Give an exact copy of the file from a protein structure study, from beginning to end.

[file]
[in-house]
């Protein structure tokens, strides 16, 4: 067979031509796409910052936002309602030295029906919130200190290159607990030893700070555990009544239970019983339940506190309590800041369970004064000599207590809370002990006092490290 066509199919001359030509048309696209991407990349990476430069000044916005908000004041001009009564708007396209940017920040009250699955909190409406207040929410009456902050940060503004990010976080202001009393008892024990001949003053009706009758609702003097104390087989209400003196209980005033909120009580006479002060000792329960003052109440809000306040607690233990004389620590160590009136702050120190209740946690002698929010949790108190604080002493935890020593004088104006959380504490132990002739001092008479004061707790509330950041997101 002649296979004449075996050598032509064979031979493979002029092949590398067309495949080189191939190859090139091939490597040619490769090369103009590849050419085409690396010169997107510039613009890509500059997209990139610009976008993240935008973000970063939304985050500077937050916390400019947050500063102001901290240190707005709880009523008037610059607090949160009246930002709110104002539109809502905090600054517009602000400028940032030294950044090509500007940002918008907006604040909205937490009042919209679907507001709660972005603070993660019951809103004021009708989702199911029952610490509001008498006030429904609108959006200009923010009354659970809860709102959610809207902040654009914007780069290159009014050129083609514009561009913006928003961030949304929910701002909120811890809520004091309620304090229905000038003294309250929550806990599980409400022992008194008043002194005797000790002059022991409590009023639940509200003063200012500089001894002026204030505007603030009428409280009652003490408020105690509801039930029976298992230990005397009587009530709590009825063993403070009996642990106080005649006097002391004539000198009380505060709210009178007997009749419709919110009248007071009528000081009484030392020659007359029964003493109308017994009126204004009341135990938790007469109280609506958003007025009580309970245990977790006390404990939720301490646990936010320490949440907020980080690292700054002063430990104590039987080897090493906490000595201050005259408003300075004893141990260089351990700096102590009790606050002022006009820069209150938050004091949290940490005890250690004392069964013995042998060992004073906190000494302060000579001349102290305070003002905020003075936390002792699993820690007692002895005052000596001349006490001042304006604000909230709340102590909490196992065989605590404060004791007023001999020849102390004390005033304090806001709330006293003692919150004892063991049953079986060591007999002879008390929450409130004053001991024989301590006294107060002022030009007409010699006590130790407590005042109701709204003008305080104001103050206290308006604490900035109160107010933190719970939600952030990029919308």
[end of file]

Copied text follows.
[in-house]
């Protein structure tokens, strides 16, 4: 067979031509796409910052936002309602030295029906919130200190290159607990030893700070555990009544239970019983339940506190309590800041369970004064000599207590809370002990006092490290 066509199919001359030509048309696209991407990349990476430069000044916005908000004041001009009564708007396209940017920040009250699955909190409406207040929410009456902050940060503004990010976080202001009393008892024990001949003053009706009758609702003097104390087989209400003196209980005033909120009580006479002060000792329960003052109440809000306040607690233990004389620590160590009136702050120190209740946690002698929010949790108190604080002493935890020593004088104006959380504490132990002739001092008479004061707790509330950041997101 002649296979004449075996050598032509064979031979493979002029092949590398067309495949080189191939190859090139091939490597040619490769090369103009590849050419085409690396010169997107510039613009890509500059997209990139610009976008993240935008973000970063939304985050500077937050916390400019947050500063102001901290240190707005709880009523008037610059607090949160009246930002709110104002539109809502905090600054517009602000400028940032030294950044090509500007940002918008907006604040909205937490009042919209679907507001709660972005603070993660019951809103004021009708989702199911029952610490509001008498006030429904609108959006200009923010009354659970809860709102959610809207902040654009914007780069290159009014050129083609514009561009913006928003961030949304929910701002909120811890809520004091309620304090229905000038003294309250929550806990599980409400022992008194008043002194005797000790002059022991409590009023639940509200003063200012500089001894002026204030505007603030009428409280009652003490408020105690509801039930029976298992230990005397009587009530709590009825063993403070009996642990106080005649006097002391004539000198009380505060709210009178007997009749419709919110009248007071009528000081009484030392020659007359029964003493109308017994009126204004009341135990938790007469109280609506958003007025009580309970245990977790006390404990939720301490646990936010320490949440907020980080690292700054002063430990104590039987080897090493906490000595201050005259408003300075004893141990260089351990700096102590009790606050002022006009820069209150938050004091949290940490005890250690004392069964013995042998060992004073906190000494302060000579001349102290305070003002905020003075936390002792699993820690007692002895005052000596001349006490001042304006604000909230709340102590909490196992065989605590404060004791007023001999020849102390004390005033304090806001709330006293003692919150004892063991049953079986060591007999002879008390929450409130004053001991024989301590006294107060002022030009007409010699006590130790407590005042109701709204003008305080104001103050206290308006604490900035109160107010933190719970939600952030990029919308």